REAP, r[=e]p, _v.t._ to cut down, as grain: to clear off a crop: to gather by effort: to receive as a reward: to obtain a harvest.--_ns._ REAP'ER, REAP'MAN; REAP'ING-HOOK, a hook-shaped instrument, with a handle, for cutting grain: a sickle; REAP'ING-MACHINE', a machine for cutting grain, drawn by horses, &c.; REAP'-SIL'VER, money paid by feudal tenants as a commutation for their services in reaping the crops. [A.S. _ripan_, to pluck; Goth. _raupjan_, Ger. _raufen_.]
REAPPAREL, r[=e]-ap-par'el, _v.t._ to clothe again.
REAPPEAR, r[=e]-ap-p[=e]r', _v.i._ to appear again or a second time.--_n._ REAPPEAR'ANCE, a second appearance.
REAPPLY, r[=e]-ap-pl[=i]', _v.t._ and _v.i._ to apply again.--_n._ REAPPLIC[=A]'TION.
REAPPOINT, r[=e]-ap-point', _v.t._ to appoint again.--_n._ REAPPOINT'MENT.
REAPPORTION, r[=e]-ap-p[=o]r'shun, _v.t._ to apportion again.--_n._ REAPPOR'TIONMENT.
REAPPROACH, r[=e]-ap-pr[=o]ch', _v.t._ and _v.i._ to approach again.
REAR, r[=e]r, _n._ the back or hindmost part: the last part of an army or fleet.--_ns._ REAR'-AD'MIRAL, an officer of the third rank, who commands the rear division of a fleet; REAR'DORSE, an open fireplace, without a chimney, against the rear wall of a room; REAR'-FRONT, the rear-rank of a body of troops when faced about; REAR'-GUARD, troops which protect the rear of an army; REAR'HORSE, an insect of the family _Mantidae_; REAR'ING-BIT, a bit to prevent a horse from lifting his head when rearing; REAR'ING-BOX, in fish-culture, a fish-breeder; REAR'-LINE, the last rank of a battalion, &c., drawn up in open order; REAR'MOST, last of all; REAR'-RANK, the hindermost rank of a body of troops; REAR'WARD, RERE'WARD, (_B._), the rear-guard, the part which comes last. [O. Fr. _riere_--L. _retro_, behind.]
REAR, r[=e]r, _v.t._ to bring up to maturity: to educate: to erect: (_Milt._) to lift upward, as steps: (_Spens._) to carry off by force: to stir up.--_v.i._ to rise on the hind-legs, as a horse.--_n._ REAR'ER, one who rears or raises: in coal-mines, a seam having an inclination of more than 30. [A.S. _r['ae]ran_, to raise, the causal of _risan_, to rise.]
REAR, r[=e]r, _adj._ early: underdone.--_adjs._ REAR'-BOILED; REAR'-ROAST'ED. [_Rare._]
REARGUE, r[=e]-ar'g[=u], _v.t._ to argue over again.--_n._ REAR'GUMENT.
REARMOUSE. Same as REREMOUSE.
REARRANGE, r[=e]-ar-r[=a]nj', _v.t._ to arrange anew.--_n._ REARRANGE'MENT.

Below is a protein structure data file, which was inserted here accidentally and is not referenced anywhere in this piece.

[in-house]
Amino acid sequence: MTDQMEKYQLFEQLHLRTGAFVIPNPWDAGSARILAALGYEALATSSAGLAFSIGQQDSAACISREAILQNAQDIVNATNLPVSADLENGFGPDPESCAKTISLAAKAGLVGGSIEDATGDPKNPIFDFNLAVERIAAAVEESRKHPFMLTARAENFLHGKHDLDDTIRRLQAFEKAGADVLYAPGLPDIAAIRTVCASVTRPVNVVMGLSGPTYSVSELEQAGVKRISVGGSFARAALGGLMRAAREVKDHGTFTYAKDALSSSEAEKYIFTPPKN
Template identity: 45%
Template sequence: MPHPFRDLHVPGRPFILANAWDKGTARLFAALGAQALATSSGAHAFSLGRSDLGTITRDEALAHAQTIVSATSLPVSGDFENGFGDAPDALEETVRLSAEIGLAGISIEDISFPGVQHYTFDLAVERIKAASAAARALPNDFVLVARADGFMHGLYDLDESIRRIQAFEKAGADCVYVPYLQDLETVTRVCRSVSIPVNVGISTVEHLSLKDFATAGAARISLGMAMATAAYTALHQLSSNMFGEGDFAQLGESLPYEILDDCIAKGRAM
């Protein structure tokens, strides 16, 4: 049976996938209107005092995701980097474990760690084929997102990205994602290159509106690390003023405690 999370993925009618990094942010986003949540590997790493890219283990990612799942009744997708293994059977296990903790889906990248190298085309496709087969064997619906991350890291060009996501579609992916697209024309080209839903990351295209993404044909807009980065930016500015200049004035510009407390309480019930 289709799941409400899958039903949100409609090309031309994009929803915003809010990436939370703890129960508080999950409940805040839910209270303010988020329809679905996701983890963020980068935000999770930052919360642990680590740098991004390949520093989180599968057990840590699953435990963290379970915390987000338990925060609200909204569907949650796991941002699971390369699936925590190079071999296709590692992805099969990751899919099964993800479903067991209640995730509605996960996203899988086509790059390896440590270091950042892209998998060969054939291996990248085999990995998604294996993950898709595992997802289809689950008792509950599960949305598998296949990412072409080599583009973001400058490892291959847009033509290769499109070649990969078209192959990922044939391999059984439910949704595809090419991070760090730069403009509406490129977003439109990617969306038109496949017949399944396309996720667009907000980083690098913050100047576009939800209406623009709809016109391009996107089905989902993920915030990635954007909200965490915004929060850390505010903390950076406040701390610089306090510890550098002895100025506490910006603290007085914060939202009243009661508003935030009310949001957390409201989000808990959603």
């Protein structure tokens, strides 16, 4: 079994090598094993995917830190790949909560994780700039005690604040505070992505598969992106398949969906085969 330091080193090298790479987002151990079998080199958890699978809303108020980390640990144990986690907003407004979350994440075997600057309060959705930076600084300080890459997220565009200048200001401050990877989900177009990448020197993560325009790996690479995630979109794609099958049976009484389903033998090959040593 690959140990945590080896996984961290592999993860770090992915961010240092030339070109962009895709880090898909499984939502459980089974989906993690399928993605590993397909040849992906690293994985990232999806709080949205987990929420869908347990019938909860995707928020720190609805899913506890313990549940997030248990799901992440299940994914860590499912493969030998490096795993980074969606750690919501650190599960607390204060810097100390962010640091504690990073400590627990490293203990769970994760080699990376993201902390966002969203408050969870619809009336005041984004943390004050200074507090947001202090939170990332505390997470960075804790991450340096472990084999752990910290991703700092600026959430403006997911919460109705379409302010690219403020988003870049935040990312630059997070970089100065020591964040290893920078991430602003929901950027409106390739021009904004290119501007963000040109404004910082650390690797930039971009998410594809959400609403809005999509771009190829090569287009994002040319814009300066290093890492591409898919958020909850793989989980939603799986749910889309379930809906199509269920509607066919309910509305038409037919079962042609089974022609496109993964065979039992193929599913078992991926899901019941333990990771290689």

REASCEND, r[=e]-as-send', _v.t._ and _v.i._ to ascend, mount, or climb again.--_ns._ REASCEN'SION, REASCENT'.
REASON, r[=e]'zn, _n._ an idea which supports or justifies an act or belief: a motive: proof: excuse: cause: an explanation: the faculty of the mind by which man draws conclusions, and determines right and truth: the exercise of reason: just view of things: right conduct: propriety: justice: that which is conformable to reason: (_logic_) a premise placed after its conclusion.--_v.i._ to exercise the faculty of reason: to deduce inferences from premises: to argue: to debate: (_B._) to converse.--_v.t._ to examine or discuss: to debate: to persuade by reasoning.--_adj._ REA'SONABLE, endowed with reason: rational: acting according to reason: agreeable to reason: just: not excessive: moderate.--_n._ REA'SONABLENESS.--_adv._ REA'SONABLY.--_ns._ REA'SONER; REA'SONING, act of reasoning: that which is offered in argument: course of argument.--_adj._ REA'SONLESS.--_n._ REA'SON-PIECE, a wall plate.--BY REASON OF, on account of: in consequence of; PRINCIPLE OF SUFFICIENT REASON, the proposition that nothing happens without a sufficient reason why it should be as it is and not otherwise; PURE REASON, reason absolutely independent of experience. [Fr. _raison_--L.
_ratio_, _rationis_--_r[=e]ri_, _ratus_, to think.]
REASSEMBLE, r[=e]-as-sem'bl, _v.t._ and _v.i._ to assemble or collect again.--_n._ REASSEM'BLAGE.
REASSERT, r[=e]-as-sert', _v.t._ to assert again.--_n._ REASSER'TION.
REASSESS, r[=e]-as-ses', _v.t._ to assess again.--_n._ REASSESS'MENT.